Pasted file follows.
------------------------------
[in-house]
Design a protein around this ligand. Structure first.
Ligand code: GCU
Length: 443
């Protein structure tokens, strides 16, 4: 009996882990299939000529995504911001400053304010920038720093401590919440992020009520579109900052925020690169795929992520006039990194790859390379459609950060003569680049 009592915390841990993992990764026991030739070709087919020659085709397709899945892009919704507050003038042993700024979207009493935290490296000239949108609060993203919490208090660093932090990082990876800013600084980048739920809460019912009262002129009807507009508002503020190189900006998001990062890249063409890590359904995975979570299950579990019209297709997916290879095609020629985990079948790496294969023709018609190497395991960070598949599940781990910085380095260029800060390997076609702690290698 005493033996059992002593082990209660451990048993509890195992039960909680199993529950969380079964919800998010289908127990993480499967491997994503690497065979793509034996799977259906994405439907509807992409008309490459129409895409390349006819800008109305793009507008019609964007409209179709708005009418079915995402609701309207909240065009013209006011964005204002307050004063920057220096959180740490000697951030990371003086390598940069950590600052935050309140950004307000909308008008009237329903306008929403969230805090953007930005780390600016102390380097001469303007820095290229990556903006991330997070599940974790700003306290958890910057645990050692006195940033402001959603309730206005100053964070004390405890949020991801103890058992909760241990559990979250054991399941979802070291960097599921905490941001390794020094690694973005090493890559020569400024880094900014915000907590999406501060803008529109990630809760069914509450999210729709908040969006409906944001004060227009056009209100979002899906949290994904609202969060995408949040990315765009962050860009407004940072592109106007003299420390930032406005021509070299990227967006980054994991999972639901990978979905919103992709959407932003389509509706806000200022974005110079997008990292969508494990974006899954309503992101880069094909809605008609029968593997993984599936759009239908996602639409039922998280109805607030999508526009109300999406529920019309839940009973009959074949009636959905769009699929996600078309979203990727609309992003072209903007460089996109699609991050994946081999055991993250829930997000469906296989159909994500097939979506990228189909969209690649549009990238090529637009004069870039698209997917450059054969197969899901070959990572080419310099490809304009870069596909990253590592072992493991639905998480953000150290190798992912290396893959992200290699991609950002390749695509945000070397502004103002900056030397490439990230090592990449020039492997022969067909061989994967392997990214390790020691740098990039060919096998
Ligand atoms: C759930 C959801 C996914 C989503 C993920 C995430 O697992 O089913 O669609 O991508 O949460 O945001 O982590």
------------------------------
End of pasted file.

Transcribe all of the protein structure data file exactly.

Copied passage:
[in-house]
Design a protein around this ligand. Structure first.
Ligand code: GCU
Length: 443
């Protein structure tokens, strides 16, 4: 009996882990299939000529995504911001400053304010920038720093401590919440992020009520579109900052925020690169795929992520006039990194790859390379459609950060003569680049 009592915390841990993992990764026991030739070709087919020659085709397709899945892009919704507050003038042993700024979207009493935290490296000239949108609060993203919490208090660093932090990082990876800013600084980048739920809460019912009262002129009807507009508002503020190189900006998001990062890249063409890590359904995975979570299950579990019209297709997916290879095609020629985990079948790496294969023709018609190497395991960070598949599940781990910085380095260029800060390997076609702690290698 005493033996059992002593082990209660451990048993509890195992039960909680199993529950969380079964919800998010289908127990993480499967491997994503690497065979793509034996799977259906994405439907509807992409008309490459129409895409390349006819800008109305793009507008019609964007409209179709708005009418079915995402609701309207909240065009013209006011964005204002307050004063920057220096959180740490000697951030990371003086390598940069950590600052935050309140950004307000909308008008009237329903306008929403969230805090953007930005780390600016102390380097001469303007820095290229990556903006991330997070599940974790700003306290958890910057645990050692006195940033402001959603309730206005100053964070004390405890949020991801103890058992909760241990559990979250054991399941979802070291960097599921905490941001390794020094690694973005090493890559020569400024880094900014915000907590999406501060803008529109990630809760069914509450999210729709908040969006409906944001004060227009056009209100979002899906949290994904609202969060995408949040990315765009962050860009407004940072592109106007003299420390930032406005021509070299990227967006980054994991999972639901990978979905919103992709959407932003389509509706806000200022974005110079997008990292969508494990974006899954309503992101880069094909809605008609029968593997993984599936759009239908996602639409039922998280109805607030999508526009109300999406529920019309839940009973009959074949009636959905769009699929996600078309979203990727609309992003072209903007460089996109699609991050994946081999055991993250829930997000469906296989159909994500097939979506990228189909969209690649549009990238090529637009004069870039698209997917450059054969197969899901070959990572080419310099490809304009870069596909990253590592072992493991639905998480953000150290190798992912290396893959992200290699991609950002390749695509945000070397502004103002900056030397490439990230090592990449020039492997022969067909061989994967392997990214390790020691740098990039060919096998
Ligand atoms: C759930 C959801 C996914 C989503 C993920 C995430 O697992 O089913 O669609 O991508 O949460 O945001 O982590």